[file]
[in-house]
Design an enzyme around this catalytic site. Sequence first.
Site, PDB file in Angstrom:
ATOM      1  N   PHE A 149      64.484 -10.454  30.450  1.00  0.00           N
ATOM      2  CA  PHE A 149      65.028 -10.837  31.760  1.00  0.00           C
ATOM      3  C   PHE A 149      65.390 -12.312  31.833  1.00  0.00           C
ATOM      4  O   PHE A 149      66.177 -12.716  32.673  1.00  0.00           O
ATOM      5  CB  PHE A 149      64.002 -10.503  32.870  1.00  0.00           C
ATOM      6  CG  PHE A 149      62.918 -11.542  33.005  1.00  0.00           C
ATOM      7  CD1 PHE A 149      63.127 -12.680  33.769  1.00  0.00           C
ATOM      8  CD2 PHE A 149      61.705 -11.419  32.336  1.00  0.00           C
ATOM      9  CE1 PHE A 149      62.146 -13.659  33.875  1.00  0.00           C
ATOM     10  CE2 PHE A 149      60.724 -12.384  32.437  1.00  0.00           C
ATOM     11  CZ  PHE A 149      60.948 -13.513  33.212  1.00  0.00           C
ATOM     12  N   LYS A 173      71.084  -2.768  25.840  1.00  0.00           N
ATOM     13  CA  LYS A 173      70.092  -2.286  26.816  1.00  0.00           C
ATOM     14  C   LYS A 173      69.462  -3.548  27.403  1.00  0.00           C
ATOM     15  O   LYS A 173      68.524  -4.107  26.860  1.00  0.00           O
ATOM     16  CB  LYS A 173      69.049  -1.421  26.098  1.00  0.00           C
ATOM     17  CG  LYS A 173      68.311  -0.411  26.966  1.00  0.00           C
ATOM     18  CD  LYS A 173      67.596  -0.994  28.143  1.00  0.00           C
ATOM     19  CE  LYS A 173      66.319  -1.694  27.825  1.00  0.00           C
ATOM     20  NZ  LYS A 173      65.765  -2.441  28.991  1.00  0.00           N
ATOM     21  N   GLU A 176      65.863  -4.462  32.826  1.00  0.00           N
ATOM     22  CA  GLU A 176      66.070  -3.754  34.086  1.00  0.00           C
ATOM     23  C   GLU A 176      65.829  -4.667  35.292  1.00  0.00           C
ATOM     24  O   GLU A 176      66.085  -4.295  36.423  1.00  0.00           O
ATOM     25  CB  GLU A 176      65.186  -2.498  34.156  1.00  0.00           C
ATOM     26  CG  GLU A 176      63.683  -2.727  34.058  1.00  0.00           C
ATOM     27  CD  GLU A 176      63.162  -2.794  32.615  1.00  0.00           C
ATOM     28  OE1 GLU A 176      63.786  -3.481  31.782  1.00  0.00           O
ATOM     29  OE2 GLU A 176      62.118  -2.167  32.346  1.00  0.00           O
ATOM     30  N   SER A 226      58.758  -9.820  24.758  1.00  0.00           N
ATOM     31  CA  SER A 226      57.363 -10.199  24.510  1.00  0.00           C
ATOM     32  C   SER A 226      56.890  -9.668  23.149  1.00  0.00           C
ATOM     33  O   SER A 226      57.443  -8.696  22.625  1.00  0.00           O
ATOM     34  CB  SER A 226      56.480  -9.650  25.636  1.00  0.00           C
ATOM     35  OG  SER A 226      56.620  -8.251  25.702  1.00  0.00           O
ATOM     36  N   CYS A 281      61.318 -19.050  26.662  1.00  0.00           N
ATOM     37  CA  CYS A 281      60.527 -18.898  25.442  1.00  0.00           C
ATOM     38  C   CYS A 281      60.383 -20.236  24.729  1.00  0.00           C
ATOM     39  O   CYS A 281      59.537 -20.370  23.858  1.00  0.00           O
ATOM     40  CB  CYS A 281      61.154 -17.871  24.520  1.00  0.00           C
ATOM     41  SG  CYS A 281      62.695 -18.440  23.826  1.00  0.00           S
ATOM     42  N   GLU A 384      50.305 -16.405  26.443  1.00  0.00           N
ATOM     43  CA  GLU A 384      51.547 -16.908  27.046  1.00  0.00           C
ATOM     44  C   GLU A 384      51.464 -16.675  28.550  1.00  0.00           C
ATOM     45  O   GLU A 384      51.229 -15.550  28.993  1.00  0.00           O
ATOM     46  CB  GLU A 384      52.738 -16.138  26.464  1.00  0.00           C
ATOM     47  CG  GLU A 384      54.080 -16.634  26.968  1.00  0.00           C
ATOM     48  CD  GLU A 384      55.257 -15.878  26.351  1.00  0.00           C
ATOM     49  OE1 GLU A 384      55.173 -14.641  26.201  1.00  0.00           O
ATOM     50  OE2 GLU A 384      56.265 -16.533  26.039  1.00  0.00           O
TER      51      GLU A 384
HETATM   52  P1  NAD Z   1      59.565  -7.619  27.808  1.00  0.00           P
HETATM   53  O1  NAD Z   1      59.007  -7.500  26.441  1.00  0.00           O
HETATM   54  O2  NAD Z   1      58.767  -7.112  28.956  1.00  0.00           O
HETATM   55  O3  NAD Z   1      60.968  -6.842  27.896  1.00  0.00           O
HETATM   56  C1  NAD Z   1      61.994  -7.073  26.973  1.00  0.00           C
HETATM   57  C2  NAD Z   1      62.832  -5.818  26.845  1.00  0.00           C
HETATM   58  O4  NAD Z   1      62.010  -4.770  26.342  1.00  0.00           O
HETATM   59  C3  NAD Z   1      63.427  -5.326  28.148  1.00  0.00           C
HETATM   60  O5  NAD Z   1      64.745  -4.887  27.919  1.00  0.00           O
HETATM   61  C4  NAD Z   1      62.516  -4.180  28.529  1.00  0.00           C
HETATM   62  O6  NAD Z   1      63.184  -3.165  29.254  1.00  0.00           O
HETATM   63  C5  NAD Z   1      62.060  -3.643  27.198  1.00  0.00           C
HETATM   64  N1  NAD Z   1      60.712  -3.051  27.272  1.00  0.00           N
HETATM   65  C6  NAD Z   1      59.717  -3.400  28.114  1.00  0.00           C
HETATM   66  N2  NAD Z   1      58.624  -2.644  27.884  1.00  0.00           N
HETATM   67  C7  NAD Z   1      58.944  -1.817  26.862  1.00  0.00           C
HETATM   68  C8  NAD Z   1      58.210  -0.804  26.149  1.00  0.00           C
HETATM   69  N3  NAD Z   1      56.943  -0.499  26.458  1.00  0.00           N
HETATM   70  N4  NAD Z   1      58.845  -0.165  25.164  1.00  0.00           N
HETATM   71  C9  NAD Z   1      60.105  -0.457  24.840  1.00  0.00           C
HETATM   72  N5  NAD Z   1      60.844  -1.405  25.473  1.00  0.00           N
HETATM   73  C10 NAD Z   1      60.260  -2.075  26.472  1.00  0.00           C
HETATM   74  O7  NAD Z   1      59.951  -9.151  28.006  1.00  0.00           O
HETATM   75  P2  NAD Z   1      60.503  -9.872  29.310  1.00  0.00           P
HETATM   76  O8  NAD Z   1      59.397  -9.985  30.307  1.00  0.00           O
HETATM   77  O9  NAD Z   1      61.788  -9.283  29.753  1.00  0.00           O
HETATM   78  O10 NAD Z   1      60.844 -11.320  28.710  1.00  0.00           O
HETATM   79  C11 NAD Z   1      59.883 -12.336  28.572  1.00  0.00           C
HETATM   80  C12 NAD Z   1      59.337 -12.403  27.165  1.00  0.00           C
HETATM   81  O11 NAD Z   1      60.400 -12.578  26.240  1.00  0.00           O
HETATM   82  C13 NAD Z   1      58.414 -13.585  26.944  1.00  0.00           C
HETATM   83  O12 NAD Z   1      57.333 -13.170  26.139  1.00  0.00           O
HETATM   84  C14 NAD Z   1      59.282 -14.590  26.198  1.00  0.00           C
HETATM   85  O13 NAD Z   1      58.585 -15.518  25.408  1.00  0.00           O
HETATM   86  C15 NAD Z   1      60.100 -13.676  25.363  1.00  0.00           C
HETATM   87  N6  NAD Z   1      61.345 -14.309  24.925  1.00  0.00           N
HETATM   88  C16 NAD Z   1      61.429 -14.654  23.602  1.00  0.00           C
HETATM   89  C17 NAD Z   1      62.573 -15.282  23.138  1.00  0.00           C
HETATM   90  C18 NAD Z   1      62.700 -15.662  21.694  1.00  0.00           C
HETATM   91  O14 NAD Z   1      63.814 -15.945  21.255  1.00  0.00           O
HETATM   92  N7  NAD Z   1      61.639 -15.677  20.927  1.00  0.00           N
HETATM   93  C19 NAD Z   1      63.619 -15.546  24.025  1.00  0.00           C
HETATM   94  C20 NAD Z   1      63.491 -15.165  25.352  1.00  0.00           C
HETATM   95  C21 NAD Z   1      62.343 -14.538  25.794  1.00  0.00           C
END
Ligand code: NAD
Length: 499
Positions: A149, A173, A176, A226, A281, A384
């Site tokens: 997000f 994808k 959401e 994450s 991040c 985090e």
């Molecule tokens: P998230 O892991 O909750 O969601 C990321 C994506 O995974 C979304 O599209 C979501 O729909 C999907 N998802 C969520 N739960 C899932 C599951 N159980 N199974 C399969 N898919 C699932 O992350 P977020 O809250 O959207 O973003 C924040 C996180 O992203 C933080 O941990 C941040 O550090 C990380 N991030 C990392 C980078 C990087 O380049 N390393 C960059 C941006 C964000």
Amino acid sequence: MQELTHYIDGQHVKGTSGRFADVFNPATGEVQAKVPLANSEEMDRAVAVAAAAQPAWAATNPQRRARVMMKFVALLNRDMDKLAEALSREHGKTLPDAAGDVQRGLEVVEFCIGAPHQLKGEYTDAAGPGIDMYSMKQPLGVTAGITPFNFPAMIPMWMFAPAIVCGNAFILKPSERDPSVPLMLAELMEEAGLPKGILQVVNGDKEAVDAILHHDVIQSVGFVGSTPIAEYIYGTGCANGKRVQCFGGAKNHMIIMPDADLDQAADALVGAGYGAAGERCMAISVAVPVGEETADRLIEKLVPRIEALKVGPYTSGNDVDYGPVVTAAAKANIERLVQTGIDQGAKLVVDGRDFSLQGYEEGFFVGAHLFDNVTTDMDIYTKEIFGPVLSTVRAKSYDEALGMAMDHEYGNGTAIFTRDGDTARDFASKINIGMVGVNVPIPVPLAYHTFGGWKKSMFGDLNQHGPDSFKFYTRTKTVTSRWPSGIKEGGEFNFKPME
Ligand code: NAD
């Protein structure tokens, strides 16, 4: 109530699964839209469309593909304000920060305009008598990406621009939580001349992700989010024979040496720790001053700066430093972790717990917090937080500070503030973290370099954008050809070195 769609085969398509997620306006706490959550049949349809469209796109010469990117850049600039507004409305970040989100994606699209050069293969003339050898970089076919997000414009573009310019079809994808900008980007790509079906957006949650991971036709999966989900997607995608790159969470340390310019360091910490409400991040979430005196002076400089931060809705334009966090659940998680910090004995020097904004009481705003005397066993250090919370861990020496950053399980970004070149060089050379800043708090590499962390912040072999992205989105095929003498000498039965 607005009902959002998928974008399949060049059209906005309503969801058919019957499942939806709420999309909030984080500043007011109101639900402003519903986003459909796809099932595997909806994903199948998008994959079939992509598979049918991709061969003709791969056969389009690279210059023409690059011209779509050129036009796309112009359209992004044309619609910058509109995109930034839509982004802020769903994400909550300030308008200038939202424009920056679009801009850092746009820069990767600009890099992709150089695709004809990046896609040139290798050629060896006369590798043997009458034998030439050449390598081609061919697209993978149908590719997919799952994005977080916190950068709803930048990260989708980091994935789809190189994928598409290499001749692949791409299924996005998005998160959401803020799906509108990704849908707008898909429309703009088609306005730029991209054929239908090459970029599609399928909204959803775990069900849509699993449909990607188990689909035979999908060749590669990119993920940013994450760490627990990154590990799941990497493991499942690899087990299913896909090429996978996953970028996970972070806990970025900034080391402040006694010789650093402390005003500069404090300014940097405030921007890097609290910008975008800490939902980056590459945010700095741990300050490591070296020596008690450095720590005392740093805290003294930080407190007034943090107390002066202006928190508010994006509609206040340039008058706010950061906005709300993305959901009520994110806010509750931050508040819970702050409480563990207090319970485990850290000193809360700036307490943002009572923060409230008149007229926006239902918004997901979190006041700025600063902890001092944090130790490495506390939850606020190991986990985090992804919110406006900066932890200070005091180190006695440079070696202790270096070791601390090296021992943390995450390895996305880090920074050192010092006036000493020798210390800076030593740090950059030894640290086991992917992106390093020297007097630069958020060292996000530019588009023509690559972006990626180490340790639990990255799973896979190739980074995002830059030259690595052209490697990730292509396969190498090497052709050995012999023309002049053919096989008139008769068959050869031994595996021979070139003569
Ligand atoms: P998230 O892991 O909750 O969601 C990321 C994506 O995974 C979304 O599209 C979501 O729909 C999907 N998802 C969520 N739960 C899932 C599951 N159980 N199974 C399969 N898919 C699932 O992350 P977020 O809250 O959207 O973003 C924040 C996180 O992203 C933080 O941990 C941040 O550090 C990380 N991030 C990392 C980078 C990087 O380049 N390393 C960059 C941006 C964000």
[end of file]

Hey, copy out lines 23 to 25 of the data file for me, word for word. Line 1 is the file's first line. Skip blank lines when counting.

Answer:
ATOM     20  NZ  LYS A 173      65.765  -2.441  28.991  1.00  0.00           N
ATOM     21  N   GLU A 176      65.863  -4.462  32.826  1.00  0.00           N
ATOM     22  CA  GLU A 176      66.070  -3.754  34.086  1.00  0.00           C